Rep. Buck McKeon (R-CA), chairman of the House Armed Services Committee, has been attacking President Obama for wanting to reduce military spending. Earlier this month, the President announced nearly $400 billion in security spending cuts over the next 12 years and McKeon is not happy. However, it’s unclear why.
McKeon, along with other right wing war hawks criticizing Obama’s proposal, doesn’t really have any specific reasons as to why the United States should continue senseless spending on the military. (Here are a few good reasons why defense spending should be cut, and how it can be done.)
Take for example, his op-ed today in USA Today. McKeon says Obama’s proposal is “dangerous,” carves “out critical capabilities,” “will weaken our nation,” “leave us vulnerable to attack,” and will “intensify the stresses on our troops while eliminating the resources available to them.” But he doesn’t say how. Not once does McKeon offer any evidence to back these claims up (he also tries to use Defense Secretary Robert Gates for cover, but not only is Gates leaving the top DOD post, he signaled last week that he’s on board with Obama’s cuts.)
So what else does McKeon have? Lack of planning:
President Obama’s announcement earlier this month on Pentagon cuts was nothing short of shocking. It came after little consultation with his Defense Department. There appears to have been no consideration of threats, of deterrence, of logistics, or capabilities — or even the effect such cuts would have on our three wars, our troops, or our national security.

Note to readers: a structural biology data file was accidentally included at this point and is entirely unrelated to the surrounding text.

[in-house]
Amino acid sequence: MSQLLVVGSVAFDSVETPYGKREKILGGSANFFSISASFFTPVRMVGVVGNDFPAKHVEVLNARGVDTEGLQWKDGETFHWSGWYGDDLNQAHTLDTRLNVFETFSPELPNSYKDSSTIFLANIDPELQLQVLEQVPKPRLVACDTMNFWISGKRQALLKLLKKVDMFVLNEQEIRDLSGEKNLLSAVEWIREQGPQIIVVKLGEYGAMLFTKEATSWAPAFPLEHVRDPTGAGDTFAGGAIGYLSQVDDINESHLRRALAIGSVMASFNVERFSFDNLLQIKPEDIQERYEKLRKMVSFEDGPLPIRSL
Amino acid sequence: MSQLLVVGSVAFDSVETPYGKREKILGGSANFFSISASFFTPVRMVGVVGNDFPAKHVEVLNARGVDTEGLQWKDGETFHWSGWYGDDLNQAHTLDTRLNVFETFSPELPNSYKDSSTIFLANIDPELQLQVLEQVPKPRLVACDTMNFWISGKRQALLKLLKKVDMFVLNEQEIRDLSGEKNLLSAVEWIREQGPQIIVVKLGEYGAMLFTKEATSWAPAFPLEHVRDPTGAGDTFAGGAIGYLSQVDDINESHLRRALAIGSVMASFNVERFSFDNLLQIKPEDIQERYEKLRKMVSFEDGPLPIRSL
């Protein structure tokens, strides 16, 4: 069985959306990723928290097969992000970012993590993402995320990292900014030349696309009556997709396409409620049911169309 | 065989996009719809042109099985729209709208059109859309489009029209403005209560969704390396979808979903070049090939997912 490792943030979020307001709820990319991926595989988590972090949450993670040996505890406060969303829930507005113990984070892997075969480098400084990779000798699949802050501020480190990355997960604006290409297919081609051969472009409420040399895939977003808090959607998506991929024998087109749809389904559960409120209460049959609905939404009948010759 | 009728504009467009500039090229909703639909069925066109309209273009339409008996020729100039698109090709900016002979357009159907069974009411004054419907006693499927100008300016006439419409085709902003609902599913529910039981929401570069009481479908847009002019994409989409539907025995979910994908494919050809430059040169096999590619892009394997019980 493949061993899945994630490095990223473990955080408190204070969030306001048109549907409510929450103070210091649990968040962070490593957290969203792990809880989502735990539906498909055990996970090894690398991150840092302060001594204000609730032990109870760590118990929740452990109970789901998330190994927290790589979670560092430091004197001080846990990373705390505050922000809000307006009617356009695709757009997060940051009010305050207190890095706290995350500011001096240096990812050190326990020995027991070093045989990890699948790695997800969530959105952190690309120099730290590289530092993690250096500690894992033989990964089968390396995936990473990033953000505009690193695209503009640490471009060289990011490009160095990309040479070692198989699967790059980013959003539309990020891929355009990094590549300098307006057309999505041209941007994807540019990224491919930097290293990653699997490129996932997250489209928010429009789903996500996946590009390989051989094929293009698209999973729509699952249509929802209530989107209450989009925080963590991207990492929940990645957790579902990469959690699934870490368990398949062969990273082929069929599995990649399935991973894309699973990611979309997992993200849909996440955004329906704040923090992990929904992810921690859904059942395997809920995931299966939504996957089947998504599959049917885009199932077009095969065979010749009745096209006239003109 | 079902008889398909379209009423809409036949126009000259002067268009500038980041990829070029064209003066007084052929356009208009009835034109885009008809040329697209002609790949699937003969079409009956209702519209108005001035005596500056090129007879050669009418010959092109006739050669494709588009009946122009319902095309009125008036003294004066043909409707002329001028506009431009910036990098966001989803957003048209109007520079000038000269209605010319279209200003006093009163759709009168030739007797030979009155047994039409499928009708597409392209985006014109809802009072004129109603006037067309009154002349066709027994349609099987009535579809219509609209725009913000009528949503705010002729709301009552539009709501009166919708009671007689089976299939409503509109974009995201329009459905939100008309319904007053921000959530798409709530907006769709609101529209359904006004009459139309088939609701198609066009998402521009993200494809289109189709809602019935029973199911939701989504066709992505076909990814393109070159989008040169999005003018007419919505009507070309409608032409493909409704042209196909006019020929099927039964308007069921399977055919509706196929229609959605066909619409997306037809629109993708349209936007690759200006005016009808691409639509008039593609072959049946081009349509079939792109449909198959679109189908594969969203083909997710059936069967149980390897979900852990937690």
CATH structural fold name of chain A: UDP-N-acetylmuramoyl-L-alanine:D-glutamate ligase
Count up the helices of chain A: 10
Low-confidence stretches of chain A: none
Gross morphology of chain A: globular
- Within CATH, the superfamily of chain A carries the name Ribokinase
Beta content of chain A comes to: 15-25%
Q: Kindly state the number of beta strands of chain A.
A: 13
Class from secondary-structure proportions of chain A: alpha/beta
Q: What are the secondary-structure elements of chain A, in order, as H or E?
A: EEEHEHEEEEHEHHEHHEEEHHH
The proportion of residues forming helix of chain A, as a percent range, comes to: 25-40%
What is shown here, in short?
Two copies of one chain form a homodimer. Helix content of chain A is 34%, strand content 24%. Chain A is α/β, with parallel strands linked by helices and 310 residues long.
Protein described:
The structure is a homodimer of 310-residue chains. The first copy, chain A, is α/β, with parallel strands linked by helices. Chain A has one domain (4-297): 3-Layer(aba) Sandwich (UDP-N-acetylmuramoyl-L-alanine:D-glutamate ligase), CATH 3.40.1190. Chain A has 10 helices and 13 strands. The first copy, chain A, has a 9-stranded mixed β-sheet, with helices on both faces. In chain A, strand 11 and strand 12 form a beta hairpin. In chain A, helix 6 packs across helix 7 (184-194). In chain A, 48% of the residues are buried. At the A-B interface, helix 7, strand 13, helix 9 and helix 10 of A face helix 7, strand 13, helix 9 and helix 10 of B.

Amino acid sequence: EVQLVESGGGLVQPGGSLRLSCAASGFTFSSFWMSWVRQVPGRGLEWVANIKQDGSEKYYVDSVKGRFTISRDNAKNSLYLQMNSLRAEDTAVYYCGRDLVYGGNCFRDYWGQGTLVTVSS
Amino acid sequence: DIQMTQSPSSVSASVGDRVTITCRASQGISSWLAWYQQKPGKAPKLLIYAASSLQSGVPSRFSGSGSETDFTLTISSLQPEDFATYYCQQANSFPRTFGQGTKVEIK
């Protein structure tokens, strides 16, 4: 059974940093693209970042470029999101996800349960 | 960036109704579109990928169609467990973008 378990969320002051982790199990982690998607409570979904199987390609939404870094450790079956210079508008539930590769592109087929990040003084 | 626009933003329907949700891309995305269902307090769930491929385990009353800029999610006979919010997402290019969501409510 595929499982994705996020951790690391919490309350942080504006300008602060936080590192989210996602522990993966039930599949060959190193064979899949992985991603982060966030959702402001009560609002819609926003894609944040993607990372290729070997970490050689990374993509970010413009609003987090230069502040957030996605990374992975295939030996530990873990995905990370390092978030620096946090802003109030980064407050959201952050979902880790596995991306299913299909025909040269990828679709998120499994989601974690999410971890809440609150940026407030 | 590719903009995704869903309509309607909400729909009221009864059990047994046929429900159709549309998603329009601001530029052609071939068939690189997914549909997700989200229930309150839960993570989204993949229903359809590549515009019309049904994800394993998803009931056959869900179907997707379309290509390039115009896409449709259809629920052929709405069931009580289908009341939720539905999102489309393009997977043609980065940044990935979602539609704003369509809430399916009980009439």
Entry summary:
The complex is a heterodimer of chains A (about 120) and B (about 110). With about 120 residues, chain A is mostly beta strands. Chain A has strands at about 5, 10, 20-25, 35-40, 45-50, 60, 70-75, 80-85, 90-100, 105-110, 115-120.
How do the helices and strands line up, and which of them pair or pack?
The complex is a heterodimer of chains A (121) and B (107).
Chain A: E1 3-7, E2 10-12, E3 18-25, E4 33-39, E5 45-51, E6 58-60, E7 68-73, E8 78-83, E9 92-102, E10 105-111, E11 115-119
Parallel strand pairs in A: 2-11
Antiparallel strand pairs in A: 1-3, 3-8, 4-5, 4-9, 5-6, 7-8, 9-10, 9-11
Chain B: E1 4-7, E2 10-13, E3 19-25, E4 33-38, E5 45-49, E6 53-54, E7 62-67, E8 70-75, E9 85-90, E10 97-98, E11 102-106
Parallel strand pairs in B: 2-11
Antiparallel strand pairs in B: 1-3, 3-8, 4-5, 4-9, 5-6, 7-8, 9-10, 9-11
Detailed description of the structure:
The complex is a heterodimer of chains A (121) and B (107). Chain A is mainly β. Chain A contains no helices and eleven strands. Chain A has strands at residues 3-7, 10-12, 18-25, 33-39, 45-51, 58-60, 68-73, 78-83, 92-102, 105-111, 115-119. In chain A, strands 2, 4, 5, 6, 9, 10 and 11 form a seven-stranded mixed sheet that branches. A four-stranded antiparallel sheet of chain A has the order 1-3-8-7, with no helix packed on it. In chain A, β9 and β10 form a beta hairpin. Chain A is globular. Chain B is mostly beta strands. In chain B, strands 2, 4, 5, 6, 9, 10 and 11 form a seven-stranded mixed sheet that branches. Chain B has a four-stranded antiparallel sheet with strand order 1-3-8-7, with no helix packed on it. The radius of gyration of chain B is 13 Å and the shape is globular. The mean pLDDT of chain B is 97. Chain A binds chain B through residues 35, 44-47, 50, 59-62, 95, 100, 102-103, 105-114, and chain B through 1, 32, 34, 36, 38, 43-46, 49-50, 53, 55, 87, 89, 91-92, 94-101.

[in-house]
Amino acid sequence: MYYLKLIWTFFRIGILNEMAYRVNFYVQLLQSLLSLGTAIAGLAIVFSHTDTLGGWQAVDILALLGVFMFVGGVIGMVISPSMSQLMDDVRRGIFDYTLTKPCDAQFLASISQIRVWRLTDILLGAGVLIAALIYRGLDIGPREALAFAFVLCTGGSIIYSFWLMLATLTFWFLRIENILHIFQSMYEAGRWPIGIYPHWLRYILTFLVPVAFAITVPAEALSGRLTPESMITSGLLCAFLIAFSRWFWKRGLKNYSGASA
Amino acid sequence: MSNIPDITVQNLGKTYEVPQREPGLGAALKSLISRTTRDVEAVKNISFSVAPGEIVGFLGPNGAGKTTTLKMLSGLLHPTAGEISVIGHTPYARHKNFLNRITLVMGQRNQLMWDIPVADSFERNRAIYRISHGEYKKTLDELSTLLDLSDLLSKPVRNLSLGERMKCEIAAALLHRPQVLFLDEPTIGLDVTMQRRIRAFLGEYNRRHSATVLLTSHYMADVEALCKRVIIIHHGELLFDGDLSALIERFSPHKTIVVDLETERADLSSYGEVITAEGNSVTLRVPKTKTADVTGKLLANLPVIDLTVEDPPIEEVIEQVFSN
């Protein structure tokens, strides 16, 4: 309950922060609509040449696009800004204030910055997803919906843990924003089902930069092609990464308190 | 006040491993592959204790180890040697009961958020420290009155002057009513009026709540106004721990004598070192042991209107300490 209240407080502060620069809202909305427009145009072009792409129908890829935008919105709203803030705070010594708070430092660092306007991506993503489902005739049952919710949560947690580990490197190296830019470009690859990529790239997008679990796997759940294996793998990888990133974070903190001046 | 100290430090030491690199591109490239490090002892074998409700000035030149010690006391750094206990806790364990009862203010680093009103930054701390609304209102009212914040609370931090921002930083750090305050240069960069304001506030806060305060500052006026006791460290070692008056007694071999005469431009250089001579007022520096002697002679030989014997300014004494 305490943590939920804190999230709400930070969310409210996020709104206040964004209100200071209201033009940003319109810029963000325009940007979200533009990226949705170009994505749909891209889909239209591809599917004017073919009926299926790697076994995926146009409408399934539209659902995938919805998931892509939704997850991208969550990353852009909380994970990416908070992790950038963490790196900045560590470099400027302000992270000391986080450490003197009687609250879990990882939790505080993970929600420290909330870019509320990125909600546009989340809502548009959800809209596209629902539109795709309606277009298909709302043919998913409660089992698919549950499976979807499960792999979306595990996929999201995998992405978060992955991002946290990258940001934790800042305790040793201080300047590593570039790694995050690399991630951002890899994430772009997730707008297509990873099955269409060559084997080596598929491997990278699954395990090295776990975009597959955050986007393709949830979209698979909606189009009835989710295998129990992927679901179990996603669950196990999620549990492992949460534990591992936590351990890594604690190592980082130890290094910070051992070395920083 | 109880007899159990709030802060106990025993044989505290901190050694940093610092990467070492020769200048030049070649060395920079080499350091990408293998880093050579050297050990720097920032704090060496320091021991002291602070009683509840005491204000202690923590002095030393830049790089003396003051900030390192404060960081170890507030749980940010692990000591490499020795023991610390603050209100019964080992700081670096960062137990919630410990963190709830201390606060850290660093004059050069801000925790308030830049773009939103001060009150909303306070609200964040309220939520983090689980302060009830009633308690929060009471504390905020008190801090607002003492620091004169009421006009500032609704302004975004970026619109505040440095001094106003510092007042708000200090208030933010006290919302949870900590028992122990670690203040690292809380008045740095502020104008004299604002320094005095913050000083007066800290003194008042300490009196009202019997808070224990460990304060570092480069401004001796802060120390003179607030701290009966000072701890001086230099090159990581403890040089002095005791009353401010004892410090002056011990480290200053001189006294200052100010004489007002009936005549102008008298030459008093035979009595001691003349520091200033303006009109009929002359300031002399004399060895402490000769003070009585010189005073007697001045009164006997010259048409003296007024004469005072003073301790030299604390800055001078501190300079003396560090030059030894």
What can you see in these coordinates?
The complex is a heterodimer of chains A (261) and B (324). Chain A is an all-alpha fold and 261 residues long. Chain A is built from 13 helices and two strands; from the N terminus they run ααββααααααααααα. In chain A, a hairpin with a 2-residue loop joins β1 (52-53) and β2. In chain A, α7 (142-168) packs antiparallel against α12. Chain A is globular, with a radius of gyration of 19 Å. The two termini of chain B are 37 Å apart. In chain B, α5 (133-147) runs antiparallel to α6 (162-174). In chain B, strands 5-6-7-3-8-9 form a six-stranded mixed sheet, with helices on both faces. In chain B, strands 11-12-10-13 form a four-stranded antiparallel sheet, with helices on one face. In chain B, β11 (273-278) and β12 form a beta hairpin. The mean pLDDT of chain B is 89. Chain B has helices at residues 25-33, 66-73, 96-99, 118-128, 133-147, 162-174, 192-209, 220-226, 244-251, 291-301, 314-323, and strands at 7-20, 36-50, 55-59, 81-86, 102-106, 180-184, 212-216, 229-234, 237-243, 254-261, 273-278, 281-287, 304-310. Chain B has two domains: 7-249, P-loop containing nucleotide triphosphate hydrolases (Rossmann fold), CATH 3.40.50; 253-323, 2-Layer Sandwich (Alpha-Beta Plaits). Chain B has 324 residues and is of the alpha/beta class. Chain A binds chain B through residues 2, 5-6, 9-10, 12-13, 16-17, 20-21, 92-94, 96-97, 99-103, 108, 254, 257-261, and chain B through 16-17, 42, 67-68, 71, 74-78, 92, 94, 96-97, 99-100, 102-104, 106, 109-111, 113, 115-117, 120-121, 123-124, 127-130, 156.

Obama’s plan may have come with little consulting because, as the President said in his speech, the specific military spending cuts will be the result of consulting with the Defense Department. “We’re going to have to conduct a fundamental review of America’s missions, capabilities, and our role in a changing world,” Obama said, “And I will make specific decisions about spending after it’s complete.”
So in the end, McKeon doesn’t have any real reason why military spending shouldn’t be reduced. His argument seems to be: just because. Meanwhile, President Obama today announced he would nominate CIA Director Leon Panetta to succeed Gates. As one expert noted, Panetta moving to DOD “probably means bigger cuts to the Defense budget…Panetta will be more interested in getting along with the White House, which must find ways of cutting the deficit.” Maybe McKeon is a little nervous. Why? Perhaps in the future, he’ll lay out the specifics.